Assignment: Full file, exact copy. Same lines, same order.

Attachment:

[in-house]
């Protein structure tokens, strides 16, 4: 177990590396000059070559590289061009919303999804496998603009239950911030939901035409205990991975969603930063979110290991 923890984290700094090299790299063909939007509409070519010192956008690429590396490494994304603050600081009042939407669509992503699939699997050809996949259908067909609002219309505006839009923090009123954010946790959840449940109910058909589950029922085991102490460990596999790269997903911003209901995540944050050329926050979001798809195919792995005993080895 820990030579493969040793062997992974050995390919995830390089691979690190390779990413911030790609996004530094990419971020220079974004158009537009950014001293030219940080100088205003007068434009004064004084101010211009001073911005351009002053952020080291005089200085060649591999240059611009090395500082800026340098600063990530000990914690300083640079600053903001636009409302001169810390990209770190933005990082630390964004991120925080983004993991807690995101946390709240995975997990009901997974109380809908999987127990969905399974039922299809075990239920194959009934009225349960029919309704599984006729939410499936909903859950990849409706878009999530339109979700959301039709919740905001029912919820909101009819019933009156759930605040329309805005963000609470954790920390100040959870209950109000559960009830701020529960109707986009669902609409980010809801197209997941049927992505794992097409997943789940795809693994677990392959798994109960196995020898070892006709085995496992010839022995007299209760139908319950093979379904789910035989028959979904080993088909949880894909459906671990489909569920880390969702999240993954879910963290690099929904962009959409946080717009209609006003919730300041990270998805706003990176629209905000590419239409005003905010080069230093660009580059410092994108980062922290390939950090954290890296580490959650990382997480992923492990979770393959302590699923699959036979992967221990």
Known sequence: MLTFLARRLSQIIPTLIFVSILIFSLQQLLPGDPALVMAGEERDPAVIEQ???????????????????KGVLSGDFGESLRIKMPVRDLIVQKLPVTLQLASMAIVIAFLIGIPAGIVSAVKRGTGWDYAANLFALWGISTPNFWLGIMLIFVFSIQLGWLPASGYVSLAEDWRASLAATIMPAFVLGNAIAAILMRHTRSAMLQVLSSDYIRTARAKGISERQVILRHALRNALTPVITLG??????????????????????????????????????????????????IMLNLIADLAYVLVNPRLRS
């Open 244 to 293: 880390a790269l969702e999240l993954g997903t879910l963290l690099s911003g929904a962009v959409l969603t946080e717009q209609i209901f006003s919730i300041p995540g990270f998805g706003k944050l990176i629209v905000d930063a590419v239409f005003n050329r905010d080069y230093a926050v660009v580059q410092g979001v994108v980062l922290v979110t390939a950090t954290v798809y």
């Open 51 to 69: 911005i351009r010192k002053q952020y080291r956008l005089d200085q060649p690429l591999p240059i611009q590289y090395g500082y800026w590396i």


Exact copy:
[in-house]
């Protein structure tokens, strides 16, 4: 177990590396000059070559590289061009919303999804496998603009239950911030939901035409205990991975969603930063979110290991 923890984290700094090299790299063909939007509409070519010192956008690429590396490494994304603050600081009042939407669509992503699939699997050809996949259908067909609002219309505006839009923090009123954010946790959840449940109910058909589950029922085991102490460990596999790269997903911003209901995540944050050329926050979001798809195919792995005993080895 820990030579493969040793062997992974050995390919995830390089691979690190390779990413911030790609996004530094990419971020220079974004158009537009950014001293030219940080100088205003007068434009004064004084101010211009001073911005351009002053952020080291005089200085060649591999240059611009090395500082800026340098600063990530000990914690300083640079600053903001636009409302001169810390990209770190933005990082630390964004991120925080983004993991807690995101946390709240995975997990009901997974109380809908999987127990969905399974039922299809075990239920194959009934009225349960029919309704599984006729939410499936909903859950990849409706878009999530339109979700959301039709919740905001029912919820909101009819019933009156759930605040329309805005963000609470954790920390100040959870209950109000559960009830701020529960109707986009669902609409980010809801197209997941049927992505794992097409997943789940795809693994677990392959798994109960196995020898070892006709085995496992010839022995007299209760139908319950093979379904789910035989028959979904080993088909949880894909459906671990489909569920880390969702999240993954879910963290690099929904962009959409946080717009209609006003919730300041990270998805706003990176629209905000590419239409005003905010080069230093660009580059410092994108980062922290390939950090954290890296580490959650990382997480992923492990979770393959302590699923699959036979992967221990």
Known sequence: MLTFLARRLSQIIPTLIFVSILIFSLQQLLPGDPALVMAGEERDPAVIEQ???????????????????KGVLSGDFGESLRIKMPVRDLIVQKLPVTLQLASMAIVIAFLIGIPAGIVSAVKRGTGWDYAANLFALWGISTPNFWLGIMLIFVFSIQLGWLPASGYVSLAEDWRASLAATIMPAFVLGNAIAAILMRHTRSAMLQVLSSDYIRTARAKGISERQVILRHALRNALTPVITLG??????????????????????????????????????????????????IMLNLIADLAYVLVNPRLRS
């Open 244 to 293: 880390a790269l969702e999240l993954g997903t879910l963290l690099s911003g929904a962009v959409l969603t946080e717009q209609i209901f006003s919730i300041p995540g990270f998805g706003k944050l990176i629209v905000d930063a590419v239409f005003n050329r905010d080069y230093a926050v660009v580059q410092g979001v994108v980062l922290v979110t390939a950090t954290v798809y």
């Open 51 to 69: 911005i351009r010192k002053q952020y080291r956008l005089d200085q060649p690429l591999p240059i611009q590289y090395g500082y800026w590396i």